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Review: Eugene Richards/Gage Gallery

Michigan Avenue, Photography Add comments

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As Chicago’s premier space for showcasing contemporary critical social photo-documentary, the Gage Gallery has come up with another searing exhibition, this time of Eugene Richards’ unsparing black-and-white shots of the inmates of mental hospitals—they would be better called madhouses—in Armenia, Hungary, Mexico and Paraguay. The insane asylum is no bed of roses even in the most progressive Western institutions; outside advanced industrial democracies, it remains an impoverished bedlam, nowhere more so than in the Neuro-Psychiatric Hospital in Asuncion, Paraguay. For sheer agony, nothing could possibly match Richards’ shot of a contorted woman screaming and grasping at the broken panes of the window of her cell as she extends her feet through their open spaces in a vain and desperate attempt to liberate herself. And that is only the beginning of what Richards calls his “procession of them,” in which one image after the other strikes the eyes of the beholder with pity and horror. To call Richards’ subjects the wretched of the earth would be a gross understatement; in Asuncion, abject suffering achieves its limit. (Michael Weinstein)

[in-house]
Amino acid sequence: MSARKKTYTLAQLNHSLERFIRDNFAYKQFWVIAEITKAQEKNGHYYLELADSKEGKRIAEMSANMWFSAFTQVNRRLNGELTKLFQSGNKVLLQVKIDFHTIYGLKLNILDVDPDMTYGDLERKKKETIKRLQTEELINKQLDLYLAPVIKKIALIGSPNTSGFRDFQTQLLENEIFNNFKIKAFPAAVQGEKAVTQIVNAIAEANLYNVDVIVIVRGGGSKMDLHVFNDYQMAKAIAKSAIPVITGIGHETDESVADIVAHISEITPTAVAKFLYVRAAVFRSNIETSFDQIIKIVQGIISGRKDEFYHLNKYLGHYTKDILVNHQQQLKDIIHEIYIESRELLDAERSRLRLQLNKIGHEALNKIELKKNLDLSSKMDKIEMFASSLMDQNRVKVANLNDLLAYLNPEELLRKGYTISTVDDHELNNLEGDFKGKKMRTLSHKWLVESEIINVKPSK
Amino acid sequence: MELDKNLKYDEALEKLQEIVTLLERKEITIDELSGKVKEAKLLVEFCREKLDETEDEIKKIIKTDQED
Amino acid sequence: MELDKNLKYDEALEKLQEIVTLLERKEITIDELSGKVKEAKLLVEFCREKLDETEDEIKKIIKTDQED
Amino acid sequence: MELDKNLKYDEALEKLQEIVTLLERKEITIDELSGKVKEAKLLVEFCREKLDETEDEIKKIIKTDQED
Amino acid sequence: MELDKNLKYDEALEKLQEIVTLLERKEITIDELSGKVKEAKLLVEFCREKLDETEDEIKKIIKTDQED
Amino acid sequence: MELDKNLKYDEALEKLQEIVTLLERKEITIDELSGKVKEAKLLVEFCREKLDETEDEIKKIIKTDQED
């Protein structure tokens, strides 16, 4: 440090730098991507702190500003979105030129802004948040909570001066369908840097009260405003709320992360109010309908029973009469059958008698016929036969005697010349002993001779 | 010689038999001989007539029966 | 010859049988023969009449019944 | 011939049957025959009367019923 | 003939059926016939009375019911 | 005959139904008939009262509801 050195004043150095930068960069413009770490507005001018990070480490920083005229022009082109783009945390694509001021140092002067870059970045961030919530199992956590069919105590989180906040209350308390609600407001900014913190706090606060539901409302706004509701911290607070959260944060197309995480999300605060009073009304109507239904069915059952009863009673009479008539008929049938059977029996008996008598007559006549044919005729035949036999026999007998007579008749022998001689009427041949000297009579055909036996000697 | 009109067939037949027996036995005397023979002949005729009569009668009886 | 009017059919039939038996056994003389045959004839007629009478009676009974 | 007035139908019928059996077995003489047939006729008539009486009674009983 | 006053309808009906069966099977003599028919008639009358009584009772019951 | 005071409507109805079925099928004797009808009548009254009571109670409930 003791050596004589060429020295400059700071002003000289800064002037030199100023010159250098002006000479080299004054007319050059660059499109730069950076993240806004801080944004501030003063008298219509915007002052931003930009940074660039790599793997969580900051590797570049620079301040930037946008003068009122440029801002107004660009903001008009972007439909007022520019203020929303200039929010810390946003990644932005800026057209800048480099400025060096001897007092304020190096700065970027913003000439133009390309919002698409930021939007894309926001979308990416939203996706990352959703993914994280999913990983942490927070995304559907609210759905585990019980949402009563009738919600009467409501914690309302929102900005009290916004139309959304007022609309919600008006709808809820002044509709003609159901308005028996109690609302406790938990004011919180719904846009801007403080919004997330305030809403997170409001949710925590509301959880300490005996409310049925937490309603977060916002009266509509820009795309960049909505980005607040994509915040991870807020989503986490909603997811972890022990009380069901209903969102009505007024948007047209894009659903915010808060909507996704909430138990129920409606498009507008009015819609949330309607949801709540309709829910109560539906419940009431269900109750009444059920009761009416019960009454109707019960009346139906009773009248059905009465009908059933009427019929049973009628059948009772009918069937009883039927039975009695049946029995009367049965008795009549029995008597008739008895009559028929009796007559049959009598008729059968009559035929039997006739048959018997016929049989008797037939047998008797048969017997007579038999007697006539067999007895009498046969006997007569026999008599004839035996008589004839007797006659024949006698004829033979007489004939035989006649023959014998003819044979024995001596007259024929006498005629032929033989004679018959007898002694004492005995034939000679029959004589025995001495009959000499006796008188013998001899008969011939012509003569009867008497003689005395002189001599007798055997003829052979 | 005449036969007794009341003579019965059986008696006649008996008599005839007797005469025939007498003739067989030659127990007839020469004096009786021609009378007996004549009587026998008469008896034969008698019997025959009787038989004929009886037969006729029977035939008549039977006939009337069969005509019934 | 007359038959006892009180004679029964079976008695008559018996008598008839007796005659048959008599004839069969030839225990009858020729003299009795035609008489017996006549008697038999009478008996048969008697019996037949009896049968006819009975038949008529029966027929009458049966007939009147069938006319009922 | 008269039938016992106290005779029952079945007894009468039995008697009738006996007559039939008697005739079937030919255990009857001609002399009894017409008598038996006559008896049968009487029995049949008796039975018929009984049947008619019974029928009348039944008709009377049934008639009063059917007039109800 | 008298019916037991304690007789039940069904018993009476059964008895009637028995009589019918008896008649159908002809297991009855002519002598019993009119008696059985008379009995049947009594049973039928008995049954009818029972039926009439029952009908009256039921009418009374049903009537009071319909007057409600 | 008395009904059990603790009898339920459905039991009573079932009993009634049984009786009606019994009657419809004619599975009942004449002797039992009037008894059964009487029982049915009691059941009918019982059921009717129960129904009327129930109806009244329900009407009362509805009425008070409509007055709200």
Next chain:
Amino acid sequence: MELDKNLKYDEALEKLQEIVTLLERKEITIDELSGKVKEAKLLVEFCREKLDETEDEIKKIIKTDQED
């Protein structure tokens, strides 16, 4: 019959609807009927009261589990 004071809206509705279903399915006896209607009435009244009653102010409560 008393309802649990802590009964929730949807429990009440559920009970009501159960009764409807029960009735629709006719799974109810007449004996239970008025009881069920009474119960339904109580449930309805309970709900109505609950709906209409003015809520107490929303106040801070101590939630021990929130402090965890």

Through May 14 at the Gage Gallery, Roosevelt University, 18 S. Michigan.

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